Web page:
Mon. Not. R. Astron. Soc., 441, 1601-1614 (2014/June-3)
The largest gravitationally bound structures: the Corona Borealis supercluster - mass and bound extent.
PEARSON D.W., BATISTE M. and BATUSKI D.J.
Abstract (from CDS):
Recent simulations of the densest portion of the Corona Borealis supercluster (A2061, A2065, A2067, and A2089) have shown virtually no possibility of extended gravitationally bound structure without inter-cluster matter. In contrast, recent analyses of the dynamics found that the clusters had significant peculiar velocities towards the supercluster centroid. In this paper we present the results of a thorough investigation of the CSC: we determine redshifts and virial masses for all eight clusters associated with the CSC; repeat the analysis of Batiste & Batuski with the inclusion of A2056 and CL1529+29; estimate the mass of the supercluster by applying the virial theorem on the supercluster scale, the caustics method, and a new procedure using the spherical collapse model (SCM) with the results of the dynamical analysis (SCM+FP); and perform a series of simulations to assess the likelihood of the CSC being a gravitationally bound supercluster. We find that the mass of the CSC is between 0.6 and 12x1016h-1M☉. The dynamical analysis, caustics method and the SCM+FP indicate that the structure is collapsing, with the latter two both indicating a turn around radius of ∼ 12.5h-1Mpc. Lastly, the simulations show that with a reasonable amount of inter-cluster mass, there is likely extended bound structure in the CSC. Our results suggest that A2056, A2061, A2065, A2067, and A2089 form a gravitationally bound supercluster.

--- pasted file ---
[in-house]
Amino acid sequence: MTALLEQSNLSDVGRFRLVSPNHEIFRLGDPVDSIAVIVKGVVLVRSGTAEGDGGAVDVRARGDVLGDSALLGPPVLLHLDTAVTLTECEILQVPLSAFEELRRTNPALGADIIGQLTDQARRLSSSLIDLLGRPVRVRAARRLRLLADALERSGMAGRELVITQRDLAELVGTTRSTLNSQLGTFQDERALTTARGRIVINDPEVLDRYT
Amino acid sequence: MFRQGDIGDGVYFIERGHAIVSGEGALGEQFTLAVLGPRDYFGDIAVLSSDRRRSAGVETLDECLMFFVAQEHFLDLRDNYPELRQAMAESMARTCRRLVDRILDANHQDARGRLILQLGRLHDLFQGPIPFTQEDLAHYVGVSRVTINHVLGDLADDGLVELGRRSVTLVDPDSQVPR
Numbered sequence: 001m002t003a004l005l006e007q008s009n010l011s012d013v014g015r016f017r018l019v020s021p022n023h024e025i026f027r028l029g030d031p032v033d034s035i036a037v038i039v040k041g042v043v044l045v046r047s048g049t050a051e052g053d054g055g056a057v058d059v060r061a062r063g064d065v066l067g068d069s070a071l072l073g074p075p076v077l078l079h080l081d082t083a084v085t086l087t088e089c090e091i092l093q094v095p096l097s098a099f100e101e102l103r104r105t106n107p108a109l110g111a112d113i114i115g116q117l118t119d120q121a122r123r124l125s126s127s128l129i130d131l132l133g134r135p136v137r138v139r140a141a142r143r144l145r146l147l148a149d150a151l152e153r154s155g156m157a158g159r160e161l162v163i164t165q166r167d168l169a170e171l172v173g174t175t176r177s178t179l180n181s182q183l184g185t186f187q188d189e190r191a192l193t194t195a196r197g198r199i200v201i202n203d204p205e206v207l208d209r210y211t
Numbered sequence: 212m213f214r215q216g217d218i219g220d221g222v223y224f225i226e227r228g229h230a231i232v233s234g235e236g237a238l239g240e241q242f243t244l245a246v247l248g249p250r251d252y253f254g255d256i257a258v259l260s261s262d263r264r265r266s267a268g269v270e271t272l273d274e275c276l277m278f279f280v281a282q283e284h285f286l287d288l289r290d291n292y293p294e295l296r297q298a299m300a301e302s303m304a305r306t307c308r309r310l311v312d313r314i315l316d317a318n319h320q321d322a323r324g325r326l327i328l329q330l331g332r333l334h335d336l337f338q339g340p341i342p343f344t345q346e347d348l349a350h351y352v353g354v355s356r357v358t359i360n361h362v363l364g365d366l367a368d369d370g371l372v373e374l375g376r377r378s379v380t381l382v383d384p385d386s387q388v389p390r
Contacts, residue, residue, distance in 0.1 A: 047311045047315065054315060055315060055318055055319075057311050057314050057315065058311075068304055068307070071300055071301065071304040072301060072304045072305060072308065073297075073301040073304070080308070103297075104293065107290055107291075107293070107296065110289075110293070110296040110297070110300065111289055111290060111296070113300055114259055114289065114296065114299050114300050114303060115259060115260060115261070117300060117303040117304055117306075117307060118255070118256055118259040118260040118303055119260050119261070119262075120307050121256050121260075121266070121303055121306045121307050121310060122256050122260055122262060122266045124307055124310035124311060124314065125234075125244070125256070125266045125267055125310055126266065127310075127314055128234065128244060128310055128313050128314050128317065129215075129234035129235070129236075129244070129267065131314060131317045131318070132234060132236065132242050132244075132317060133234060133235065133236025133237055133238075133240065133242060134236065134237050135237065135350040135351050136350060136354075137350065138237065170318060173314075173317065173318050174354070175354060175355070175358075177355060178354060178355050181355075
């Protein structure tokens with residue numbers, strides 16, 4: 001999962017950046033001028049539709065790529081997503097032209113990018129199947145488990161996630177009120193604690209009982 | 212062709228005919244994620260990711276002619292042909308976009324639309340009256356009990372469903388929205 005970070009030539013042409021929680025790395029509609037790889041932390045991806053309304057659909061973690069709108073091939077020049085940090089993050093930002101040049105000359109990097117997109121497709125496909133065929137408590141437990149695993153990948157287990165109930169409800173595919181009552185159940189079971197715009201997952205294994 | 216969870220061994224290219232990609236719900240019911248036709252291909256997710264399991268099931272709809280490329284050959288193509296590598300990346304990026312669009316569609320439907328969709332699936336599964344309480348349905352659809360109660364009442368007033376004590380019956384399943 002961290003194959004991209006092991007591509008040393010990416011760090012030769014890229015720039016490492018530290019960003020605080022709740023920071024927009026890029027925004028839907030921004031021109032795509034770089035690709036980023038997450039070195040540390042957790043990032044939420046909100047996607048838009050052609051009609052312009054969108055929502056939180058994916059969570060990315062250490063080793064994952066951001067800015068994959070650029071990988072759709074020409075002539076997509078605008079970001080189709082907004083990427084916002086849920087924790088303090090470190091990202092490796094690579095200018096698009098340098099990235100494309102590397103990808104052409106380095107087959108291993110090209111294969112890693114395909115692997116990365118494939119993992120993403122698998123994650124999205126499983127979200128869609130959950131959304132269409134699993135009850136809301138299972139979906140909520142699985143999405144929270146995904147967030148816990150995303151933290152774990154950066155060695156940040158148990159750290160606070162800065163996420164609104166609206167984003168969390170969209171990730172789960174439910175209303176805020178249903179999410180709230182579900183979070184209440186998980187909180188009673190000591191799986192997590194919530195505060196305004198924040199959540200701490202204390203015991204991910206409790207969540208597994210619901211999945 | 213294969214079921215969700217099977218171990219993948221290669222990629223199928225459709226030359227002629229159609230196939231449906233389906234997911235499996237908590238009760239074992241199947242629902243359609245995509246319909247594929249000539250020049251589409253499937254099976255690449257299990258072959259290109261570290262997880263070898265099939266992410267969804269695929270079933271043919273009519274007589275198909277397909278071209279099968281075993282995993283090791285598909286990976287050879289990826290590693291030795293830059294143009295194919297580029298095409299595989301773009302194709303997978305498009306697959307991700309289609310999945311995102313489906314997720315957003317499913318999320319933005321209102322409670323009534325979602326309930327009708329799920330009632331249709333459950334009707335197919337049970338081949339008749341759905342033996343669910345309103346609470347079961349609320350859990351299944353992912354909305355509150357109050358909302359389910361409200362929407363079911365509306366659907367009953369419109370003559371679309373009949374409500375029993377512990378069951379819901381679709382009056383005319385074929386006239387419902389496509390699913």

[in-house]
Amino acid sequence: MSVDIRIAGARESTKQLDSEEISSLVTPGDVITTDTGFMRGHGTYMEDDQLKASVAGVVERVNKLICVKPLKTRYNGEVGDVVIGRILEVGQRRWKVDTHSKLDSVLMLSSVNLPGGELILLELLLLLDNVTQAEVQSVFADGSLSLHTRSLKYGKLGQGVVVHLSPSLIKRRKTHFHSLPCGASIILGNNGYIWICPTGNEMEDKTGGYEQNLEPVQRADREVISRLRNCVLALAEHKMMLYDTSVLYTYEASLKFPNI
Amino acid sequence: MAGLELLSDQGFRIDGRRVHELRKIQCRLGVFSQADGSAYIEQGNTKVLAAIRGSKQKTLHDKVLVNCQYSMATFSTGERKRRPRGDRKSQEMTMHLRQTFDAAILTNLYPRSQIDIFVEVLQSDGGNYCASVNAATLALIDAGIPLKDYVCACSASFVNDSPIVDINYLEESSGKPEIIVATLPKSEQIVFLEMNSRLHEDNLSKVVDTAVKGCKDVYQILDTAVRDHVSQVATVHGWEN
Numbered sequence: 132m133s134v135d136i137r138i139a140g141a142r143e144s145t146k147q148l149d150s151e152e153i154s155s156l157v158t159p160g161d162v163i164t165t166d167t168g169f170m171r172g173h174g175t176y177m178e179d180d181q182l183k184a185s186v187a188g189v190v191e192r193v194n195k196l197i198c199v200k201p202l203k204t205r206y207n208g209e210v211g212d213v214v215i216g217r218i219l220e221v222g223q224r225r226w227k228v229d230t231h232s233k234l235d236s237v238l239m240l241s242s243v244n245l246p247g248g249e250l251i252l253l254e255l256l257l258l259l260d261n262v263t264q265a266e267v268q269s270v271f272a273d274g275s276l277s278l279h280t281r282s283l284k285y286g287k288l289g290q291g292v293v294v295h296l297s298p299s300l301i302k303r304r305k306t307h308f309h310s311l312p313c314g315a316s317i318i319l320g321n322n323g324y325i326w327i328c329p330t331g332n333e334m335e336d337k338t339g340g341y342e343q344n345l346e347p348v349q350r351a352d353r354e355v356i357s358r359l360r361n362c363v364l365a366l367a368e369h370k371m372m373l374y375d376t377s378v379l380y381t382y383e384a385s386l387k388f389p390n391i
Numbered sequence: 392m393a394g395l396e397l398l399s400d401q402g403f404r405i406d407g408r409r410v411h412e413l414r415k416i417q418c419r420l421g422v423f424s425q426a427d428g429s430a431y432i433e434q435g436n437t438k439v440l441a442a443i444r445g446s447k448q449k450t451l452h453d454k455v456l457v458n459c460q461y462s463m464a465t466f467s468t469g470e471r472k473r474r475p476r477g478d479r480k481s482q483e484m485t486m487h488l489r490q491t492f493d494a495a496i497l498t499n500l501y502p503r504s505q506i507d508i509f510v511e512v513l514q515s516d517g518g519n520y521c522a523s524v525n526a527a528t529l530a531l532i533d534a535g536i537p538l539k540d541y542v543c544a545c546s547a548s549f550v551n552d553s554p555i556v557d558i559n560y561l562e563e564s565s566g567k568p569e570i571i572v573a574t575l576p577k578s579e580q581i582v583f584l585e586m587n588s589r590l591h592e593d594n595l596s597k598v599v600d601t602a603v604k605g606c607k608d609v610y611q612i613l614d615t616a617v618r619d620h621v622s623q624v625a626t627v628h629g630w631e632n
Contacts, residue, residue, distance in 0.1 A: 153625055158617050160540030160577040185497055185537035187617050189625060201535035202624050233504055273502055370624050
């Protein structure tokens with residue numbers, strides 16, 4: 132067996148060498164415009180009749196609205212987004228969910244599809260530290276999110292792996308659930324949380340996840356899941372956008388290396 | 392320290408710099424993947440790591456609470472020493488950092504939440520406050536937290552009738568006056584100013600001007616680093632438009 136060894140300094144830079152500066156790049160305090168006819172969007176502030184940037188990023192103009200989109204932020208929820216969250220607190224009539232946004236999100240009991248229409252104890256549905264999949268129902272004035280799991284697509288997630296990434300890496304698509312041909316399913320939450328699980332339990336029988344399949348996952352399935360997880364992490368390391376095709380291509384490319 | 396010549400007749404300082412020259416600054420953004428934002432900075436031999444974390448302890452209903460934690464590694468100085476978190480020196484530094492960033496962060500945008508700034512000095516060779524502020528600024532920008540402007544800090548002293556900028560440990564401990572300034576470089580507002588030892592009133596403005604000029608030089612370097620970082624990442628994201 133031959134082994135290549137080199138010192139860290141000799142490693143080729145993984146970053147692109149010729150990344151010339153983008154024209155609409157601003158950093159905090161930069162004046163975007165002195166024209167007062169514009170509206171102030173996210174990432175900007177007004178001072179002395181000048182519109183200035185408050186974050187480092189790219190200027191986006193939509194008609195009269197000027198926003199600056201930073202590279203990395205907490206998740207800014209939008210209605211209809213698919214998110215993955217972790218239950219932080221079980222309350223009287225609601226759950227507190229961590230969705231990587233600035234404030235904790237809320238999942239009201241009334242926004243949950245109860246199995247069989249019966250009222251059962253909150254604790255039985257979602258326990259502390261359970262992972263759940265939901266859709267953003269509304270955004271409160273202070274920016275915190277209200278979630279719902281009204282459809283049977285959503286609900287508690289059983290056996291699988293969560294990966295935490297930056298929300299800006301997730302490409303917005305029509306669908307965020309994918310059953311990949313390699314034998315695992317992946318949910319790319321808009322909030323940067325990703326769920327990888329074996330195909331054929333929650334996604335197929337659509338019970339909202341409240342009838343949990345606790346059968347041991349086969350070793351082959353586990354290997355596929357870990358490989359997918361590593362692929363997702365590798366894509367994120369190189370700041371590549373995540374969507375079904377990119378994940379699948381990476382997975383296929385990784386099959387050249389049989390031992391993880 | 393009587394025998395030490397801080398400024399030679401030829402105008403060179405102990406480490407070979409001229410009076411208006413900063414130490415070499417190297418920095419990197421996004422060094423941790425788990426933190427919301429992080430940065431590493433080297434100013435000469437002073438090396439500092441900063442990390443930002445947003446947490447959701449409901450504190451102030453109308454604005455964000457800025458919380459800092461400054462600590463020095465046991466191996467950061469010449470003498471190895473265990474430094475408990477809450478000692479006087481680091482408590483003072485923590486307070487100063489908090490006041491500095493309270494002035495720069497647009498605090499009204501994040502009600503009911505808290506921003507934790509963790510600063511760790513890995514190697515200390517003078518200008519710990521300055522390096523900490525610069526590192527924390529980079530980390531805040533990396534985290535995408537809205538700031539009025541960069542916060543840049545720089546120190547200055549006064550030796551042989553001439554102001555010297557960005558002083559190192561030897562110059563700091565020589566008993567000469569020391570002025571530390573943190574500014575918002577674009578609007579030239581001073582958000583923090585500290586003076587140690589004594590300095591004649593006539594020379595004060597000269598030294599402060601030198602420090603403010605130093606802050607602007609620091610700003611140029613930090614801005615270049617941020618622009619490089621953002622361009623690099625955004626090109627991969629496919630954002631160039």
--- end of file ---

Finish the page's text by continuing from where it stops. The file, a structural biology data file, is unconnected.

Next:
© 2014 The Authors Published by Oxford University Press on behalf of the Royal Astronomical Society (2014)
galaxies: clusters: general - dark matter - large-scale structure of Universe
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